Article in English | WPRIM | ID: wpr-892107

ABSTRACT

BACKGROUND@#Severe fever with thrombocytopenia syndrome (SFTS) is an emerging infectious disease with high mortality in East Asia. This study aimed to develop, for primary care providers, a prediction score using initial symptoms and basic laboratory blood tests to differentiate between SFTS and other endemic zoonoses in Korea.@*METHODS@#Patients aged ≥ 18 years diagnosed with endemic zoonoses during a 3-year period (between January 2015 and December 2017) were retrospectively enrolled from 4 tertiary university hospitals. A prediction score was built based on multivariate logistic regression analyses.@*RESULTS@#Of 84 patients, 35 with SFTS and 49 with other endemic zoonoses were enrolled. In multivariate logistic regression analysis, independent predictors of SFTS included neurologic symptoms (odds ratio [OR], 12.915; 95% confidence interval [CI], 2.173–76.747), diarrhea (OR, 10.306; 95% CI, 1.588–66.895), leukopenia (< 4,000/mm3) (OR, 19.400; 95% CI, 3.290–114.408), and normal C-reactive protein (< 0.5 mg/dL) (OR, 24.739; 95% CI, 1.812–337.742). We set up a prediction score by assigning one point to each of these four predictors. A score of ≥ 2 had 82.9% sensitivity (95% CI, 71.7%–87.5%) and 95.9% specificity (95% CI, 88.0%–99.2%). The area under the curve of the clinical prediction score was 0.950 (95% CI, 0.903–0.997).@*CONCLUSION@#This study finding suggests a simple and useful scoring system to predict SFTS in patients with endemic zoonoses. We expect this strategic approach to facilitate early differentiation of SFTS from other endemic zoonoses, especially by primary care providers, and to improve the clinical outcomes.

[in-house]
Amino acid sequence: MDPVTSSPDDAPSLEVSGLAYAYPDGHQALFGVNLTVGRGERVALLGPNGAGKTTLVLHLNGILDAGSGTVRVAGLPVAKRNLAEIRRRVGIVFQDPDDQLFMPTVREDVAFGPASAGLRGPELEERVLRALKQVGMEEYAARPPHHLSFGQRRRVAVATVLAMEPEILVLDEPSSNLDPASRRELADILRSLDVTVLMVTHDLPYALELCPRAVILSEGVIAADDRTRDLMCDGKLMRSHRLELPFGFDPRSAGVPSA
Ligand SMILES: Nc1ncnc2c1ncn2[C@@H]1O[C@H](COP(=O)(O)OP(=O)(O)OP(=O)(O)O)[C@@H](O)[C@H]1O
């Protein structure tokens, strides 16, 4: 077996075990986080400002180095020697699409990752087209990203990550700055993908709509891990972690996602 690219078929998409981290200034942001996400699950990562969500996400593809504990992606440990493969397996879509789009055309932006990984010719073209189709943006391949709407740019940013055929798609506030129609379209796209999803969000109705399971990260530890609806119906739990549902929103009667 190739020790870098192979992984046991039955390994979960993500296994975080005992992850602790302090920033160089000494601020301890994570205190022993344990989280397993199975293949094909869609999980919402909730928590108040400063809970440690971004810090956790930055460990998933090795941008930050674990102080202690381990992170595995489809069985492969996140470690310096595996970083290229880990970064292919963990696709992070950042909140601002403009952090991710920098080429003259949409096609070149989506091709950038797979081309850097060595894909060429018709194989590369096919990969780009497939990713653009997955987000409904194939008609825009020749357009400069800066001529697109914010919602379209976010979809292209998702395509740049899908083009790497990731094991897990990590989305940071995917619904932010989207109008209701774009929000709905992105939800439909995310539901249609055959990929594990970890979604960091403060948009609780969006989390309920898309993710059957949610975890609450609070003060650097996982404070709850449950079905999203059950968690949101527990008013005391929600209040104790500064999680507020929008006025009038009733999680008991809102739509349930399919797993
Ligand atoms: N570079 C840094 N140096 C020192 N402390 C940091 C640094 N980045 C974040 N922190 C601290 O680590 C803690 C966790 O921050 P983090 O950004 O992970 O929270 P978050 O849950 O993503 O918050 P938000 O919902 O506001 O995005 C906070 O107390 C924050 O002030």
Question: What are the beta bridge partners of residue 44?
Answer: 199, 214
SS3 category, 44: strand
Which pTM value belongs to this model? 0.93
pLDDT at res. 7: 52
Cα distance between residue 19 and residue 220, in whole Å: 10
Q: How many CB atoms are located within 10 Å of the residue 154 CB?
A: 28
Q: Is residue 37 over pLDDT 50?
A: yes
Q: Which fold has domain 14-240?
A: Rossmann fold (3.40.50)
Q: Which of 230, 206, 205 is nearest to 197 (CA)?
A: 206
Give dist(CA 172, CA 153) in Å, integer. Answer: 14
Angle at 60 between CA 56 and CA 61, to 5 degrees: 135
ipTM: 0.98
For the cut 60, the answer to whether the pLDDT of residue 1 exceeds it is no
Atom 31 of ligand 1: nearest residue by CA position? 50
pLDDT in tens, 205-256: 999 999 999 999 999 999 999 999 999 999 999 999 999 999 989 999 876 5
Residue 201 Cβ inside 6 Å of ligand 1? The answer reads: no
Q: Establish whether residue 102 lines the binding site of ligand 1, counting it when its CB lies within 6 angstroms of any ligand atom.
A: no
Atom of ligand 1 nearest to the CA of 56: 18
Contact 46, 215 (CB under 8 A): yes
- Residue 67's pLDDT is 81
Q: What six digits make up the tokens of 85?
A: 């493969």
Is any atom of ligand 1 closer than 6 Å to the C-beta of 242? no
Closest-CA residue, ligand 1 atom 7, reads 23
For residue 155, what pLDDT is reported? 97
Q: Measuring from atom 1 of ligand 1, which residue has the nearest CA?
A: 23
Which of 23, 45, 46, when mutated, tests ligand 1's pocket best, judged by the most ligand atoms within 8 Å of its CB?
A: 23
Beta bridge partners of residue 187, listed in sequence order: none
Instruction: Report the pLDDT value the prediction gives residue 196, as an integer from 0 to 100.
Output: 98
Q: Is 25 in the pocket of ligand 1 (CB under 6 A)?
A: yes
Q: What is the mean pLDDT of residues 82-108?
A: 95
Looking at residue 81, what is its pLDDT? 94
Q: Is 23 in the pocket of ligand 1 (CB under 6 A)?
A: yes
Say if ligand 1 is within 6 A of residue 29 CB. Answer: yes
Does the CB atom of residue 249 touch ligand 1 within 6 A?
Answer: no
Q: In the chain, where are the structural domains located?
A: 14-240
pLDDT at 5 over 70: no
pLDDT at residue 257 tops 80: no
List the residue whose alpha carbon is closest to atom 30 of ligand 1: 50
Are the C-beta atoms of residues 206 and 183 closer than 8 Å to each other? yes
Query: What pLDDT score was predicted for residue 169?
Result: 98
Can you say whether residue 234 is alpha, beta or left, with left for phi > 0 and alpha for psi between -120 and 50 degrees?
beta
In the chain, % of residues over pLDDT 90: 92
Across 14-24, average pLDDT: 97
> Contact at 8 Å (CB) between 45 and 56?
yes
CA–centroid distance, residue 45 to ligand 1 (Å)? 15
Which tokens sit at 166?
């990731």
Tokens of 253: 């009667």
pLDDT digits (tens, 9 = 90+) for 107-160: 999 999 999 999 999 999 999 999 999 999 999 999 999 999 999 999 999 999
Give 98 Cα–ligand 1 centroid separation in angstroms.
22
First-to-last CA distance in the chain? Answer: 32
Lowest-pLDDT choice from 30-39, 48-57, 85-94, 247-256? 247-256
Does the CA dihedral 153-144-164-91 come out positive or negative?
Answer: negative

17.
Article in English | WPRIM | ID: wpr-892068

ABSTRACT

Novel coronavirus (SARS-CoV-2) is found to cause a large outbreak started from Wuhan since December 2019 in China and SARS-CoV-2 infections have been reported with epidemiological linkage to China in 25 countries until now. We isolated SARS-CoV-2 from the oropharyngeal sample obtained from the patient with the first laboratory-confirmed SARS-CoV-2 infection in Korea. Cytopathic effects of SARS-CoV-2 in the Vero cell cultures were confluent 3 days after the first blind passage of the sample. Coronavirus was confirmed with spherical particle having a fringe reminiscent of crown on transmission electron microscopy. Phylogenetic analyses of whole genome sequences showed that it clustered with other SARS-CoV-2 reported from Wuhan.